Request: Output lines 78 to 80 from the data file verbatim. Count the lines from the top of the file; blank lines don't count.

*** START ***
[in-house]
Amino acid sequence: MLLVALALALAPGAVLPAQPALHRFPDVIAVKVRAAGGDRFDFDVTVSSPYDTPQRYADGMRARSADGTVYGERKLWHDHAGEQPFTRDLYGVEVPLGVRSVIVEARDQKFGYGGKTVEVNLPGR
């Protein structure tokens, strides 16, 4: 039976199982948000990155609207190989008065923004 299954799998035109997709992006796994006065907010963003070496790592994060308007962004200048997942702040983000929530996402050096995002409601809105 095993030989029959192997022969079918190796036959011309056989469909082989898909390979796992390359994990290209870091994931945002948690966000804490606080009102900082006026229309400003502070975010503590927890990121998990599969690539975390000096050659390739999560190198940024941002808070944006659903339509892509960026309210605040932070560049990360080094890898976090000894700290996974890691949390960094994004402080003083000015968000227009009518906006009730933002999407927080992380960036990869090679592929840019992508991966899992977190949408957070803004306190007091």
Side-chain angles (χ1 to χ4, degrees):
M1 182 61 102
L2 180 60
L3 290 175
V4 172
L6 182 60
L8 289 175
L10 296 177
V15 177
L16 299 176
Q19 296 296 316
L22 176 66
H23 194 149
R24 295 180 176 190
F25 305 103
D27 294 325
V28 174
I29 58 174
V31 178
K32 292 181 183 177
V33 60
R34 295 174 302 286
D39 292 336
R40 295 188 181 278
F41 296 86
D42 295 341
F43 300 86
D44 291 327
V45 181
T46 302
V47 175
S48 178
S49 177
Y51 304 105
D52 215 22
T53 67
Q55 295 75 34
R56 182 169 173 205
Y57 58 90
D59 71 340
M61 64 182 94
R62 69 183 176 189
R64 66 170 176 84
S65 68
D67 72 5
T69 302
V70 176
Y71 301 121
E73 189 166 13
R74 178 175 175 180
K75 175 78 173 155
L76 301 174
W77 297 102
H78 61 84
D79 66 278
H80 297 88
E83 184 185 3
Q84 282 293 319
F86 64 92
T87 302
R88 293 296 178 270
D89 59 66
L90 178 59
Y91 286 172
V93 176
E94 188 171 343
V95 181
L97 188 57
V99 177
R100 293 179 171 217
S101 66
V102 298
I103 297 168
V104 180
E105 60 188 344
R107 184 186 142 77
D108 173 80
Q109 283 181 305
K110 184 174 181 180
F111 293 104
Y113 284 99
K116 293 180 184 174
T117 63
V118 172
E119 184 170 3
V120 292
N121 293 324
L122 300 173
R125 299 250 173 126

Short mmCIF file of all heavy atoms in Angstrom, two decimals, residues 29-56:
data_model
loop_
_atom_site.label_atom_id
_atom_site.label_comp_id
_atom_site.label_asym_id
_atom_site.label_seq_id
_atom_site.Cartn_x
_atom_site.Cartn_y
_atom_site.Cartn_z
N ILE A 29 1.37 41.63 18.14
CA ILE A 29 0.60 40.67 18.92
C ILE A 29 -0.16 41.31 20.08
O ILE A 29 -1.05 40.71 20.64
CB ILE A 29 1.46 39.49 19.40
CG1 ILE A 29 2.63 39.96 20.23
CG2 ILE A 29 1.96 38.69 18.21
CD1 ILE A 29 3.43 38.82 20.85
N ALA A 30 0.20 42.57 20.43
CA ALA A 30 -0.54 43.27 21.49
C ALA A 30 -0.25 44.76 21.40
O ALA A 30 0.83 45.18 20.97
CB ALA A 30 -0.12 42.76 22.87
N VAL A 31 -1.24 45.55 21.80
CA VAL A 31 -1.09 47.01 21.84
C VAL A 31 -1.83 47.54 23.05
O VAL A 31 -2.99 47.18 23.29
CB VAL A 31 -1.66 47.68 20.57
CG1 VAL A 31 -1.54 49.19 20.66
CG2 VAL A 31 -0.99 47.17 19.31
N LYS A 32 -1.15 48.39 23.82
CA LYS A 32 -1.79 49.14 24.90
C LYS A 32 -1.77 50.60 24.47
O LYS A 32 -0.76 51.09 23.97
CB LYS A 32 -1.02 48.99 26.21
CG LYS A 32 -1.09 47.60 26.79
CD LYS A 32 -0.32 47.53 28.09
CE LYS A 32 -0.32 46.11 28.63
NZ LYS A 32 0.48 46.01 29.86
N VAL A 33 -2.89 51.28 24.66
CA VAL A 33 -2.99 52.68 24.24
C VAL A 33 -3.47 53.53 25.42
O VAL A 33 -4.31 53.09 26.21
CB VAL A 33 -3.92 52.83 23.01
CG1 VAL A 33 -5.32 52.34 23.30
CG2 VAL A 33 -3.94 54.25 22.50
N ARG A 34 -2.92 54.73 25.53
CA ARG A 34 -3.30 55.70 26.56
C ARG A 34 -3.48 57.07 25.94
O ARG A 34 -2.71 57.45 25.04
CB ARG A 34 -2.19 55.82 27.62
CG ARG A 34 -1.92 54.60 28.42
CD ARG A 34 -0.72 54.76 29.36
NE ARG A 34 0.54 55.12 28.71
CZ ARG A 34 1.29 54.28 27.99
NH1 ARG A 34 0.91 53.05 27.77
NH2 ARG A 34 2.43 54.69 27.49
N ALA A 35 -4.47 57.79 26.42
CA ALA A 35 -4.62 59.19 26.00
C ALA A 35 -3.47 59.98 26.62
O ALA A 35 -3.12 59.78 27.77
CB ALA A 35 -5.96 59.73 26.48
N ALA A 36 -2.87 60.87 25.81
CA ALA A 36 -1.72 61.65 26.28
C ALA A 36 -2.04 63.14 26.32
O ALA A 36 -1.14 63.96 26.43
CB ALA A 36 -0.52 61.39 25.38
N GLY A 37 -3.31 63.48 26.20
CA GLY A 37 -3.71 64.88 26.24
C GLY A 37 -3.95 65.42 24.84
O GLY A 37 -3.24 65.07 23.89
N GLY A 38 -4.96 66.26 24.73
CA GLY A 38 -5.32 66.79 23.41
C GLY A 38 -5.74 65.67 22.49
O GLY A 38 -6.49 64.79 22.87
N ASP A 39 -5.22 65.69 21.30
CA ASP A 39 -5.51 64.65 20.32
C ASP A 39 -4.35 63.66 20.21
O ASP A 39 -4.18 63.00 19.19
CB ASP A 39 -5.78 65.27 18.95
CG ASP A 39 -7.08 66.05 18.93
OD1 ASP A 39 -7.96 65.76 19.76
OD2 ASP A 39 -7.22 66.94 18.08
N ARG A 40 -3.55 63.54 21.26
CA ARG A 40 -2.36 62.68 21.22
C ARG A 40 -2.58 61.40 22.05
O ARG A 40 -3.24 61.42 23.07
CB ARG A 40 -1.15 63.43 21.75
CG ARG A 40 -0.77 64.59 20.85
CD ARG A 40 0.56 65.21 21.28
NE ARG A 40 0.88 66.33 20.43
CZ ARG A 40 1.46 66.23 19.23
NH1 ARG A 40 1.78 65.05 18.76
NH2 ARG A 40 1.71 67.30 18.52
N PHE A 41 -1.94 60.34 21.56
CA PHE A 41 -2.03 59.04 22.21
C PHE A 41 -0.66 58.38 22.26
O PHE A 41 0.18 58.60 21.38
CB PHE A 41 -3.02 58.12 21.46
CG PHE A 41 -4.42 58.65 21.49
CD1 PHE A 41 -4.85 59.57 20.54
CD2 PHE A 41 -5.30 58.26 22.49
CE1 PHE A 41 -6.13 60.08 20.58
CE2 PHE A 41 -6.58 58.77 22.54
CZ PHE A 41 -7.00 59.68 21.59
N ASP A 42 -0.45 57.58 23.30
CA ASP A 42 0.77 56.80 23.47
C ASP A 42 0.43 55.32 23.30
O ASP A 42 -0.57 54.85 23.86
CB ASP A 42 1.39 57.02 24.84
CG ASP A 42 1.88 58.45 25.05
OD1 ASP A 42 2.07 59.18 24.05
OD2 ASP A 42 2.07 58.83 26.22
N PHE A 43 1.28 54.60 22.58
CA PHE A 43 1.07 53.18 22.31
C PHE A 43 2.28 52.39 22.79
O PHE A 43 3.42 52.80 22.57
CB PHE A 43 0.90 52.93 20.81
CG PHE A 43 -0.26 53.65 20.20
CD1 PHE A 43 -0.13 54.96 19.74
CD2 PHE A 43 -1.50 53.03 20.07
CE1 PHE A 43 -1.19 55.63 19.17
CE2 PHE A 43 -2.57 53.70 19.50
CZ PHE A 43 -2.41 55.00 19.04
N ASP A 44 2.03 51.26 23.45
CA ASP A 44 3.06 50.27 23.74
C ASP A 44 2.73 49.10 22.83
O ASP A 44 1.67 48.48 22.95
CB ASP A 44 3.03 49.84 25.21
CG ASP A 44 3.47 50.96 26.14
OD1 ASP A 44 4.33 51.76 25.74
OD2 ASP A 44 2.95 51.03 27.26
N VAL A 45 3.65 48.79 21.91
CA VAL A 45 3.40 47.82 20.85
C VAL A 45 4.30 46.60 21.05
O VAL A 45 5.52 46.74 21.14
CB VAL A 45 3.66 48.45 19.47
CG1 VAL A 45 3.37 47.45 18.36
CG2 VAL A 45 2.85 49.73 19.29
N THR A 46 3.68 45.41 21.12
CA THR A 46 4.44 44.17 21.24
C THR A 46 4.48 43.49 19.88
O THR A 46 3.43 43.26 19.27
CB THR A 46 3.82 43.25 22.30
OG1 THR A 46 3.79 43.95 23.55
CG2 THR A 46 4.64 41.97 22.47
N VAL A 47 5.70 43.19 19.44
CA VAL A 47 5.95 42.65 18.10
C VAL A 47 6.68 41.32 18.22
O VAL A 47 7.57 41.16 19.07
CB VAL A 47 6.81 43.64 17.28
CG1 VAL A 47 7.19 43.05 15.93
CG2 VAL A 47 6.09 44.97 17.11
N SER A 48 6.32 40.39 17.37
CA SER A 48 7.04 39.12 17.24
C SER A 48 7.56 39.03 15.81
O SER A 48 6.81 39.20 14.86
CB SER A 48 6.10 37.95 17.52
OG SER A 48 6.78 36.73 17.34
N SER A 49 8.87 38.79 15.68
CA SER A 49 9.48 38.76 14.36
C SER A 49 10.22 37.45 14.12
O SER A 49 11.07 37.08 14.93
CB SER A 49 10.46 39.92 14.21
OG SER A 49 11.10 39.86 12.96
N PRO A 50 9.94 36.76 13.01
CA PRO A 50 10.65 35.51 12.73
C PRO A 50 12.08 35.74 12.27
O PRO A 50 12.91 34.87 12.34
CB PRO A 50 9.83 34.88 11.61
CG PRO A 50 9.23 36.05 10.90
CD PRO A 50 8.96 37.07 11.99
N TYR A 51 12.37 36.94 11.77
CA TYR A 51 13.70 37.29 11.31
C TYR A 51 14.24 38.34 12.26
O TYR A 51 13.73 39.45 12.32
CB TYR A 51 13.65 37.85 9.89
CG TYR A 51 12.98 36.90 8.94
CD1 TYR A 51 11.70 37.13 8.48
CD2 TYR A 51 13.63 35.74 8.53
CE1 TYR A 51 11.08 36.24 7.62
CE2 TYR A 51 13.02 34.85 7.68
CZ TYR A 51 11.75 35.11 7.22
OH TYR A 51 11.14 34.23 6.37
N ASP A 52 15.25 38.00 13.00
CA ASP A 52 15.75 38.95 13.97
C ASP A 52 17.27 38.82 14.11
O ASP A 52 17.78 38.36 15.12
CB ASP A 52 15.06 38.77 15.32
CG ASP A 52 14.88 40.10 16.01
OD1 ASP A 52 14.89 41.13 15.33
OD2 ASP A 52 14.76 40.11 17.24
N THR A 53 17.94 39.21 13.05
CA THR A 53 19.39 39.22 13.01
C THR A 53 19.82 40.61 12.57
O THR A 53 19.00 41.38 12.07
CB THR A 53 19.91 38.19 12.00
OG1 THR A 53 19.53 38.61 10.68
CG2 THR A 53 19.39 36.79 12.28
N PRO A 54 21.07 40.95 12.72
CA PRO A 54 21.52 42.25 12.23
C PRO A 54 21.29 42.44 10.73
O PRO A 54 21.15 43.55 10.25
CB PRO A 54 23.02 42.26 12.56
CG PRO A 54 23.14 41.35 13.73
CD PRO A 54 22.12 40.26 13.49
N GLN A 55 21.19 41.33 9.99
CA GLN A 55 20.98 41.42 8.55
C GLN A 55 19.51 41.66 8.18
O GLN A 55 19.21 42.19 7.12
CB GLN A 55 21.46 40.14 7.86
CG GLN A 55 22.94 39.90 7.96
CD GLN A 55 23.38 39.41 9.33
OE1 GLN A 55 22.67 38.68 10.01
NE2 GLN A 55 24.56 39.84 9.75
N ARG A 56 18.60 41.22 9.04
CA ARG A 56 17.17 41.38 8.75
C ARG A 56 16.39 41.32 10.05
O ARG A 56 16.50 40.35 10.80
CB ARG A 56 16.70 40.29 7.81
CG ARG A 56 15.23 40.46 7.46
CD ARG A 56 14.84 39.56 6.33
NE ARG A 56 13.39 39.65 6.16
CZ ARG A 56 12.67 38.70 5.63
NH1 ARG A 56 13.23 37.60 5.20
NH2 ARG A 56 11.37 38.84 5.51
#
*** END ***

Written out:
E105 60 188 344
R107 184 186 142 77
D108 173 80